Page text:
Anxiety Triggers

By Temma Ehrenfeld @temmaehrenfeld
July 21, 2023
Anxiety Triggers

It’s worth determining your anxiety triggers. You’ll be one step closer to calmness if you can see triggers in advance, and some of them may surprise you. 

Anxiety is common, affecting some 40 million Americans. But that doesn’t mean it’s easy to deal with or harmless, for that matter.

Common anxiety symptoms

You may be so used to anxiety that you don’t notice it in yourself. Restlessness, tingling, irritability, tight muscles, insomnia, and digestive issues are all signs of anxiety. You might suddenly sweat, tremble, or feel your heart pounding and your throat closing — all signs of panic.

Forget blame. Your personal history, current circumstances, and genes all combine to make you more or less vulnerable to anxiety.


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Anxiety may keep you from pursuing relationships, work, and hobbies that would require more effort. Knowing your anxiety triggers is one way to move past fear and live more freely.

You probably already have a general idea of what bothers you most.  Do you worry about your health? Your finances? Are you afraid of dating or crowds? 

The next step is to get more specific and learn to notice anxiety early and calm yourself.

Common anxiety triggers

Health. You may have grown up with a chronically ill parent or one who overreacted when you were sick. Some people avoid doctors and tests to cope with anxiety about their health. When they see a scary symptom, they ignore it. Other people read about their health problems for hours, thinking the worst about any symptom.

If you’ve been suffering and worrying about unexplained symptoms, a doctor may be able to help relieve your anxiety.

Be gentle to yourself when you don’t feel well — but also keep your life going if you tend to stay home whenever you’re feeling slightly off.

Prescriptions medications like birth control pills and over-the-counter cough and congestion medicines may create sensations that become anxiety triggers for you. Let your doctor know if you think anything you’re taking makes you anxious.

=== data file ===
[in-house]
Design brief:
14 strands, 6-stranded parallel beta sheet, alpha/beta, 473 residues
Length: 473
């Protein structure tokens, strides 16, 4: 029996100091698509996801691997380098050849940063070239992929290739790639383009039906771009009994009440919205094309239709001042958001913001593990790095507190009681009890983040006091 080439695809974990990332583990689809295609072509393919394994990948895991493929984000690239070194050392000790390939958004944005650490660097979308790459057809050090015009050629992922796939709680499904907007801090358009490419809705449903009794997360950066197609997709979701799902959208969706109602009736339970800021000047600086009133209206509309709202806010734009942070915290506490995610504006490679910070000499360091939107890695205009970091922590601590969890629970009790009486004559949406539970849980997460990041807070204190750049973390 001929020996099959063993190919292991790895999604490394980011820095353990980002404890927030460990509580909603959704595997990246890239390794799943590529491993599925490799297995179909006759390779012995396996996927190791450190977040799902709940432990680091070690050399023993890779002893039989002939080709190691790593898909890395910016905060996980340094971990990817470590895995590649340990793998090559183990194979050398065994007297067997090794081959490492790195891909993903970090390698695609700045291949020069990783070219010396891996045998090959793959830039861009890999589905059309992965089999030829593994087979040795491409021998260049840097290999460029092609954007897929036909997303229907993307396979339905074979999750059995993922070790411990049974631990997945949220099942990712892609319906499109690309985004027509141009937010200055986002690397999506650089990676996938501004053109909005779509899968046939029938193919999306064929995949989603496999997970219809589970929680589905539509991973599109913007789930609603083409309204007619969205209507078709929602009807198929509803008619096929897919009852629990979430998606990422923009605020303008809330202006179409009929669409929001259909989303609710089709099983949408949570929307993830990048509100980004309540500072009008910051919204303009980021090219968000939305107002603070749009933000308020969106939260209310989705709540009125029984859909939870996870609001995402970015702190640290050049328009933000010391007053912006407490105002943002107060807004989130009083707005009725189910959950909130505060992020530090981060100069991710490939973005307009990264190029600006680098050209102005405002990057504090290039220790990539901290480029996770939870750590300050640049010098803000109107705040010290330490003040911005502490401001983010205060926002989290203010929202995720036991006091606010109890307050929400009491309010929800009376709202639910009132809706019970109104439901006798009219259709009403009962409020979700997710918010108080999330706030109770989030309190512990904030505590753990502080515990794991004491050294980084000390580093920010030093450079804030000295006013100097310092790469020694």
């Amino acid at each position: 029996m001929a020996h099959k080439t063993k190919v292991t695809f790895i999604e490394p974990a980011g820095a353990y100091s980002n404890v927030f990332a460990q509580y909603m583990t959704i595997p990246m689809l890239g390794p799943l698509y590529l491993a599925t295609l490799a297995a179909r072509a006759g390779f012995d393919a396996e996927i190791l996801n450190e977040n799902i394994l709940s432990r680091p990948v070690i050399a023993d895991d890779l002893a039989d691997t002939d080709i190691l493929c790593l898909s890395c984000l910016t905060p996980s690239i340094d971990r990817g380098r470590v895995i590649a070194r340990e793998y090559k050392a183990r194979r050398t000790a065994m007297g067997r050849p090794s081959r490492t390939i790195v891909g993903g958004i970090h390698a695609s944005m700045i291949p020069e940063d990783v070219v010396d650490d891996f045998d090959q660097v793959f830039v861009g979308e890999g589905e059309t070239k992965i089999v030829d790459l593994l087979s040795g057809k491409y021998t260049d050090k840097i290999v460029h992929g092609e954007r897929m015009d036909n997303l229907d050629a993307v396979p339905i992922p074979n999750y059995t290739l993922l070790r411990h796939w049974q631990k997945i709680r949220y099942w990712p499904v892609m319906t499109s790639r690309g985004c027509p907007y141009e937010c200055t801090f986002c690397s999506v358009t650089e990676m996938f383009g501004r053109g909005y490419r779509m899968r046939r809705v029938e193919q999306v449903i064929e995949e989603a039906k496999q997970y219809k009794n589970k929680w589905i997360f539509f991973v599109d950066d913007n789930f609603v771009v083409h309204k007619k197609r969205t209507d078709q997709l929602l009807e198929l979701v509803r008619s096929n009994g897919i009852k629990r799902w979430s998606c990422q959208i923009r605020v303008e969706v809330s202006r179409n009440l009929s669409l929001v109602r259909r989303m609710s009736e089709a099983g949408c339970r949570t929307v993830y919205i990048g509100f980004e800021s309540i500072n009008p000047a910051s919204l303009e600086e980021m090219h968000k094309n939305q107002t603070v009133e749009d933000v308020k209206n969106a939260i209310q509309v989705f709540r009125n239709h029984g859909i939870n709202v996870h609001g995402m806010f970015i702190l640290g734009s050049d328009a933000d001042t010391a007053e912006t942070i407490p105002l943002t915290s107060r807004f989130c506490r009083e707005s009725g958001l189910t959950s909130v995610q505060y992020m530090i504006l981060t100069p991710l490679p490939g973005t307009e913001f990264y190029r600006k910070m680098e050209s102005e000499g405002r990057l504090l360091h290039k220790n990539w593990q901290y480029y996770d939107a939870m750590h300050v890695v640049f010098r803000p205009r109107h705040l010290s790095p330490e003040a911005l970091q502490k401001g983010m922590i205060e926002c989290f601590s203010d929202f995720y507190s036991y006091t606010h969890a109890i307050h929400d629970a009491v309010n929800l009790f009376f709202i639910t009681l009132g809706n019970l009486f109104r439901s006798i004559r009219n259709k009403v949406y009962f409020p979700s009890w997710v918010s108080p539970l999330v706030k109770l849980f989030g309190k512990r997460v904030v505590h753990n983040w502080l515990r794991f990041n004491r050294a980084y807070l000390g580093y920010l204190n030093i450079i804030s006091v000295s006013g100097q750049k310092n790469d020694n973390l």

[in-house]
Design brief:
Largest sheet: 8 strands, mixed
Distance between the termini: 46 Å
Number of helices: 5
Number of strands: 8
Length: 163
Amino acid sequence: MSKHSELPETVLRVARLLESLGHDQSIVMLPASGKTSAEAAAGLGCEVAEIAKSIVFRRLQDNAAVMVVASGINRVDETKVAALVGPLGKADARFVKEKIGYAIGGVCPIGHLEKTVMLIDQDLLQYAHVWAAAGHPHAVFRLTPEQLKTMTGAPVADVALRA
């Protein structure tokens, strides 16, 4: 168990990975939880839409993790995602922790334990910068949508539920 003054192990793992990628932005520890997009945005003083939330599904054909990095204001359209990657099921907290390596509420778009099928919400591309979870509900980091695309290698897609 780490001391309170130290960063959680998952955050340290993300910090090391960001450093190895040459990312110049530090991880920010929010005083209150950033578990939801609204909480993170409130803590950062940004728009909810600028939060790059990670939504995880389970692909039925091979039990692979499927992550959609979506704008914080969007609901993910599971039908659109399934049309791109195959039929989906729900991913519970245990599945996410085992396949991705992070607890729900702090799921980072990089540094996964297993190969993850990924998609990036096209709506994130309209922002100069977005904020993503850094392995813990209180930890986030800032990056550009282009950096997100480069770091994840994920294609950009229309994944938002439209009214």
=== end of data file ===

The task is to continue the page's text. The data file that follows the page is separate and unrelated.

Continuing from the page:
Caffeine. Coffee may make you more alert. But it may become an anxiety trigger, especially if you’re prone to panic or social anxiety.

Skipping meals. Even if you can’t sit down to eat every meal, have healthy snacks like nuts on hand. If your blood sugar falls, you may end up feeling agitated.

Bills, taxes, and income losses. Some people put off paying their taxes or bills because they don’t feel on top of their finances. If you’ve ever unexpectedly lost a job or an important client, you may feel especially nervous when you don’t get a response to a work phone call or email. 

Remind yourself that every situation is different. Your intuition may be right — so think about how you’ll handle the situation rather than constantly checking your email. Confide in someone who is confident about money but respects your concern.

Parties or social events. Many people are afraid of rooms of people, especially strangers. Try not to stay at home alone all the time; pushing yourself to go outside of your comfort zone can be very healthy.

You might try bringing a companion or preparing yourself with conversation starters. You don’t need to talk about yourself. The most charming people are interested in others.

Conflict. If any disagreement makes you sick to your stomach, you may need to talk to a therapist. You may have learned to overreact because of conflict in your home as a child.

Stress. If you live with an unresolved problem like a chronically sick parent or spouse or bullying boss, monitor yourself closely. Overeating or eating badly, drinking alcohol, or staying up late are common reactions to stress. Over time, they can lead to more anxiety, not less.

Public performances. Many successful performers have stage fright, so it doesn’t have to stop you from speaking to a crowd. People often become afraid of their physical reaction to such fears. Instead, you can welcome the queasy feeling in your stomach as a healthy sign of excitement.

Personal associations. A smell, taste, or sound can become an anxiety trigger if it reminds you of a bad memory.  Talk to a therapist if you have strange reactions you can’t explain.

Be honest — and gentle — with yourself. If anxiety is part of your daily experience, it’s time to give yourself a break and find new strategies and helpers.


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July 21, 2023

Reviewed By:  

Janet O’Dell RN